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September 17, 2010

Forbes Law School Ranking: Already Falling Apart

A Dean elsewhere forwards to me the latest communication from the sadly clueless Forbes editors trying to prepare a law school ranking; they have already met with significant unwillingness to cooperate from law schools, and rightly so given the idiotic methodology:

Thank you very much for your cooperation [sic--this was sent to a Dean who was not cooperating!] on Forbes’ law school ranking. After speaking with several schools and hearing their concerns about the ranking methodology, the team working on this project is re-evaluating that method. We appreciate the questions and comments you’ve raised and are taking them into account as we pin down our approach to ranking law schools.

 

We’ve decided that we won’t use the alumni survey in our ranking, so there is no need for you to contact your alumni and ask them to complete the survey. If you already did so, your work won’t go to waste, as we will likely use that data to support a story attached to the ranking. It will not be used in any way for the actual ranking, and again, do not worry about contacting your alumni with the Forbes survey if you haven’t yet done so. We no longer need this information from them.

 

I am leaving Forbes after today, so if you have questions or concerns about the ranking, please contact Kurt Badenhausen, at kbadenhausen@forbes.com and 212-620-1850 with questions. As the methodology is pinned down over the next few weeks, he will reach out to you with what he needs. Thank you again!

 

Best regards,

Natalie Doss

Among the initial "ideas" was to deploy a measure that US News correctly rejected a dozen years ago, namely, average salaries of graduates which, among peer schools, track geography, not anything else.   It would help if there were more law school rankings using sensible metrics, but so far, this looks to be a disaster in the making.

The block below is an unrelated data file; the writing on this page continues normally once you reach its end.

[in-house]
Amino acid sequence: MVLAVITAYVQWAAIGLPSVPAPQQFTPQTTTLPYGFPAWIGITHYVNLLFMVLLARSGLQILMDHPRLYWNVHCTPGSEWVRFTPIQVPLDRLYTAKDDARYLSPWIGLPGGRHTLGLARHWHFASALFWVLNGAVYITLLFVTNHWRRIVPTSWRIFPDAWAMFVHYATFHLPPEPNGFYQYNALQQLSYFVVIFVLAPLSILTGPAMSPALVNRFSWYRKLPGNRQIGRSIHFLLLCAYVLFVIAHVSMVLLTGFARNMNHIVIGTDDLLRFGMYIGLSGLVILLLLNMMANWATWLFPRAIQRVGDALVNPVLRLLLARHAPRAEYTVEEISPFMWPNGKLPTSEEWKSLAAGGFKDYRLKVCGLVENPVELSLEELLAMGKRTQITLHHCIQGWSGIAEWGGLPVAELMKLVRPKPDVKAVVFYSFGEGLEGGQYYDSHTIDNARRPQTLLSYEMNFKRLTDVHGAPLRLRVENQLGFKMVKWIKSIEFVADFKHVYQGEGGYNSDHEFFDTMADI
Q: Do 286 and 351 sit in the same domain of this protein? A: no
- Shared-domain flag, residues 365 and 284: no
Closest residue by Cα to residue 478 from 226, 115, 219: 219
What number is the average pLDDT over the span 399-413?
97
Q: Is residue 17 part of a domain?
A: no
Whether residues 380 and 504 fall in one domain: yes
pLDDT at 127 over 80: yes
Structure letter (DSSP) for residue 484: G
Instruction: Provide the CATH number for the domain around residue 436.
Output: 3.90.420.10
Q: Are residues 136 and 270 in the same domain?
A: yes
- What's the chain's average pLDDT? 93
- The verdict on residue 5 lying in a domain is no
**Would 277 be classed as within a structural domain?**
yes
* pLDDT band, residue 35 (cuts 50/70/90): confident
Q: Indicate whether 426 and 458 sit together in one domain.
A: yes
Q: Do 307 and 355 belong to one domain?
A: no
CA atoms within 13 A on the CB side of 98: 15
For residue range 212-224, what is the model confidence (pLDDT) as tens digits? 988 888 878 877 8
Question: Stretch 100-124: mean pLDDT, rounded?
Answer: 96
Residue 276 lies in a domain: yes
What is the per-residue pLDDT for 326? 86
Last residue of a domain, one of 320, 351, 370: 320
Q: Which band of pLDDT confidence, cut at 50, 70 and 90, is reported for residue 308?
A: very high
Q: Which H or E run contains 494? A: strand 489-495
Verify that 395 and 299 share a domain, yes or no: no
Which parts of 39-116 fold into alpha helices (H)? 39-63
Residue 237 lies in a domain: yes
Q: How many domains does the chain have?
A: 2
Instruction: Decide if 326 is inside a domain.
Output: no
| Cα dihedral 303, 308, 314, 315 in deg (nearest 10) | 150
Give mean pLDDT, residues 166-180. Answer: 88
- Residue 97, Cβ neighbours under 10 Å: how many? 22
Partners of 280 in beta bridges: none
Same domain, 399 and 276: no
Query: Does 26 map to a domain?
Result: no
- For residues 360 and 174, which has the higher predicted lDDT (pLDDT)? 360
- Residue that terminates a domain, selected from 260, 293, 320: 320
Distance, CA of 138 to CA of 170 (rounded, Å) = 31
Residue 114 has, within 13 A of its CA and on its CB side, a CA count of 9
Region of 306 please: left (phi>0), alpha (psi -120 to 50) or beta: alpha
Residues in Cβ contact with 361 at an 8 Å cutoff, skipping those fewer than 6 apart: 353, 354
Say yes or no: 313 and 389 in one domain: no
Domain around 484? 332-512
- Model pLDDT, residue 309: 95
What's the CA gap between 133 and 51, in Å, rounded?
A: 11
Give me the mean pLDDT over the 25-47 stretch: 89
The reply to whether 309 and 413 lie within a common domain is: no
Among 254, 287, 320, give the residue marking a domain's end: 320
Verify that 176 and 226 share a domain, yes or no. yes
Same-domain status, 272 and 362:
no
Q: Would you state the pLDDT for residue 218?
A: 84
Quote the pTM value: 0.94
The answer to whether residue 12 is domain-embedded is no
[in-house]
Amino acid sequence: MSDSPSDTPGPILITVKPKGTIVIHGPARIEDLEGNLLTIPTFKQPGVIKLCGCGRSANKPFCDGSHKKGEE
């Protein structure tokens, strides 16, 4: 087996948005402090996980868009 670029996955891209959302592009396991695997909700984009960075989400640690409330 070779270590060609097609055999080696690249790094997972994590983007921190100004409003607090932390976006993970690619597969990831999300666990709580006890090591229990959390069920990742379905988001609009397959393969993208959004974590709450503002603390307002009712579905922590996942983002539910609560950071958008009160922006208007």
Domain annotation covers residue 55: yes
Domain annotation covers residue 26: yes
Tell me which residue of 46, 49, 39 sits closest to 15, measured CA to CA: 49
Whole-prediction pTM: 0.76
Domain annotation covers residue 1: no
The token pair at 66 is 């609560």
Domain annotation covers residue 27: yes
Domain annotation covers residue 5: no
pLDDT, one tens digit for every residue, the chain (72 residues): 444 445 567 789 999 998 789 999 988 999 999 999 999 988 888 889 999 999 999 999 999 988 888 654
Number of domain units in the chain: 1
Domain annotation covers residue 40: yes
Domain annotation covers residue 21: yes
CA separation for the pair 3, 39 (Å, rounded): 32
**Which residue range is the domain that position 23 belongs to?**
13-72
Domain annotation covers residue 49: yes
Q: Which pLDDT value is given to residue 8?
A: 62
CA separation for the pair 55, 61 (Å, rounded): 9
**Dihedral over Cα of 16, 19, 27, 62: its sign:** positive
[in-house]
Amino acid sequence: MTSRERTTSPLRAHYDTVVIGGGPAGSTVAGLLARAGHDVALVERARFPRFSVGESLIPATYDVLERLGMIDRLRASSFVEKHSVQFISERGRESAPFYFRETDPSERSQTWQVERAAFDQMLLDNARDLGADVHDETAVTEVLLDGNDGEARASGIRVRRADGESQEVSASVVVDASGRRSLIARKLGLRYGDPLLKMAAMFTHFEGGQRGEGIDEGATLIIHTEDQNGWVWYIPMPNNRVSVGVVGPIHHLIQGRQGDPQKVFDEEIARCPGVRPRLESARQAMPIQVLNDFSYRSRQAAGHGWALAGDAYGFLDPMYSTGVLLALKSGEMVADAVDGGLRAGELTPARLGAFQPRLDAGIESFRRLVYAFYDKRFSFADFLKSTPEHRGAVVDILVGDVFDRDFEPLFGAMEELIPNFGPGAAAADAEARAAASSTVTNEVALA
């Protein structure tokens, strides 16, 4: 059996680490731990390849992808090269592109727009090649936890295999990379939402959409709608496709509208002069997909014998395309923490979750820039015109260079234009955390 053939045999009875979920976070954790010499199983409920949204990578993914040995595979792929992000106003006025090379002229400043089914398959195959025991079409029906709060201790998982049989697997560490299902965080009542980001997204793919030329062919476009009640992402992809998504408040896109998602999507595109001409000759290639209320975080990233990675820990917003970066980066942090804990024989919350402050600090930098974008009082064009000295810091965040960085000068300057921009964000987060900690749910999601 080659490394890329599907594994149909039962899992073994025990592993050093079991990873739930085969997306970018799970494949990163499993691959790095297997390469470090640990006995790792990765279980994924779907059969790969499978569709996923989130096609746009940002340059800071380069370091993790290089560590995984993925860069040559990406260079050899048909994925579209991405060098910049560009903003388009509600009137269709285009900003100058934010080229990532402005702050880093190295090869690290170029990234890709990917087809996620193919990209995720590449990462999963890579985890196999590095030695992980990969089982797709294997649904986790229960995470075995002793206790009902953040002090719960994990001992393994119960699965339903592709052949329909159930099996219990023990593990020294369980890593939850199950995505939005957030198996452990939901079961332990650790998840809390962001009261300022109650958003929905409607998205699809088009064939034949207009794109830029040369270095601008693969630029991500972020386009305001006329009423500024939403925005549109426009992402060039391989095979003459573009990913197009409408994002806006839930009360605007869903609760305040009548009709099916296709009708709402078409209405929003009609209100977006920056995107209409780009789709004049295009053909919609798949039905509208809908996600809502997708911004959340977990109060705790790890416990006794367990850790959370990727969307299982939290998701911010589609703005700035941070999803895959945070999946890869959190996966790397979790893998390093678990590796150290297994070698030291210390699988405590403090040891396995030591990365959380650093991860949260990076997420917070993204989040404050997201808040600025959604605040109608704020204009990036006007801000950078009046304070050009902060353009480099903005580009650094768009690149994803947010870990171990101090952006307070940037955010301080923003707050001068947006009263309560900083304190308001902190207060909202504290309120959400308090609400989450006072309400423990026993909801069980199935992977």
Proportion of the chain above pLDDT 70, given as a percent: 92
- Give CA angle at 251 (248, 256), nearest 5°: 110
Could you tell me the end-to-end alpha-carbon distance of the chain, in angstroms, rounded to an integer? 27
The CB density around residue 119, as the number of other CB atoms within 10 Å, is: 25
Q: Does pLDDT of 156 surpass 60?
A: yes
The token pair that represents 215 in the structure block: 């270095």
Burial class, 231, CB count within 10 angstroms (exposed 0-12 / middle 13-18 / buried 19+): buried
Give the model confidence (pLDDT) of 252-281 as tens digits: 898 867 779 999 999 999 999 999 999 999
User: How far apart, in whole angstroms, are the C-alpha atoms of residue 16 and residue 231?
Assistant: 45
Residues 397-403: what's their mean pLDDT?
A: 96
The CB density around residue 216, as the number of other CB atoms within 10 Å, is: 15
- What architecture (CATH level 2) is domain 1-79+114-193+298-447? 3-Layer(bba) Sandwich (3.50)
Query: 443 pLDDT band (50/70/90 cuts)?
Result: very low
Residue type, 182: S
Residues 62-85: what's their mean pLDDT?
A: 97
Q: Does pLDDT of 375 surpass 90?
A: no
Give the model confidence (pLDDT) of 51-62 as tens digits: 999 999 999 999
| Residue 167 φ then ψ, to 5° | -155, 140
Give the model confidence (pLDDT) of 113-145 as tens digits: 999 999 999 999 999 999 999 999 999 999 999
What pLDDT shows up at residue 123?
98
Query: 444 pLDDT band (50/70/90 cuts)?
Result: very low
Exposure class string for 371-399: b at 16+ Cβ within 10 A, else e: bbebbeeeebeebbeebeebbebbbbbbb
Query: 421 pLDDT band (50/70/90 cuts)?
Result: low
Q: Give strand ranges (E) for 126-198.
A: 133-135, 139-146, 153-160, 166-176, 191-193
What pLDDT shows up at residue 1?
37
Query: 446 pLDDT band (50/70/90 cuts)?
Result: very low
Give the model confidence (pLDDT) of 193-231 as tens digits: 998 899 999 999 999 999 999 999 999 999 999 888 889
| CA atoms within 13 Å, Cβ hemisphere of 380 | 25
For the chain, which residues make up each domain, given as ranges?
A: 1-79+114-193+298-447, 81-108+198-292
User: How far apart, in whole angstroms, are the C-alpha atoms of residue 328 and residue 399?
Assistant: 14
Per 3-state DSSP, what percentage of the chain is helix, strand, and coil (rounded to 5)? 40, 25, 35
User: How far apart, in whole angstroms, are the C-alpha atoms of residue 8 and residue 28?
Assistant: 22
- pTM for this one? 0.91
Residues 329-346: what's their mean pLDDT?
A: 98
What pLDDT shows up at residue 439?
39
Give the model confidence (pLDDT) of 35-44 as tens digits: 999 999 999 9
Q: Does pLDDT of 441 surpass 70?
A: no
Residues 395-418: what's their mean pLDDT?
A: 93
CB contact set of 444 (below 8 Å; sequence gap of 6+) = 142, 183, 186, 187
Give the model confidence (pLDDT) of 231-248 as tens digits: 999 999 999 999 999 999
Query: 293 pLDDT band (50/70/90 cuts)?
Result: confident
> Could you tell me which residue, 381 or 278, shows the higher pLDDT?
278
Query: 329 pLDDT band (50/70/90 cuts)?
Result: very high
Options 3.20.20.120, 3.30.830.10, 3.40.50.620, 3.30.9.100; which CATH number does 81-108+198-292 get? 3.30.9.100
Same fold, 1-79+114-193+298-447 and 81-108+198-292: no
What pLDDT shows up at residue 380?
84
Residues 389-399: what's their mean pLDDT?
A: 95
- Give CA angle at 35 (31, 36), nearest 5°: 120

Posted by Brian Leiter on September 17, 2010 in Rankings | Permalink | TrackBack

September 15, 2010

Some Sensible Advice for Law Teaching Job Candidates

Here.

Posted by Brian Leiter on September 15, 2010 in Advice for Academic Job Seekers | Permalink | TrackBack

September 14, 2010

A Thicker Account of the Windsor Kerfuffle

On Friday I reported the news that a failed finalist for the University of Windsor law deanship is now claiming discrimination.  I'm sure we'll never get to the bottom of things, but there is a bit more to report.  First, Emily Carasco's formal complaint to the Human Rights Tribunal of Ontario is here.

Second, it turns out that Professor Carasco has had an ongoing contentious relationship with her home institution.  In particular, in the late 1980's, she battled the university over pay imbalances for women faculty.  She documented this fight in A Case of Double Jeopardy: Race and Gender, published in a 1992 issue of the Canadian Journal of Women and the Law.  (She may not have won many friends on the Windsor faculty by implying that her application for Associate Dean, in 1990, was unjustly rejected because she fought for racial and gender justice.  And that the faculty is filled with liberals who don't recognize their own bias.)  In 1998-99 she applied for promotion to full professor.  Her application was opposed by the Faculty of Law.  Upon appeal to the University Committee on Promotion, the decision was reversed and her application was granted.  In 2007, she successfully convinced a divided faculty to end its practice of cancelling classes for the Jewish High Holidays - arguing that although the faculty couldn't end the statutory preference for Christian holidays, it oughtn't give preference to Judaism over other religions.  (In this particular battle, she was strongly opposed by Professor Richard Moon - the person she alleges tanked her deanship battle by pointing to prior claims of plagiarism.)

Emily Carasco might be at the vanguard of progressive change at University of Windsor.  But at this point in history, she seems to be crosswise with her own faculty.  After all, the law faculty as a whole  - not simply Professor Moon - voted down her candidacy.  [See update below.] In most cases, that is, and should be, determinitive.  Windsor might benefit from a dean with Carasco's outlook on the world, but it appears that Carasco won't be the one to take take them to the promised land.

Update: A reader points out that Carasco never came to a vote before the faculty as a whole, but was instead voted down  by the search committee.

Posted by Dan Filler on September 14, 2010 in Faculty News | Permalink | TrackBack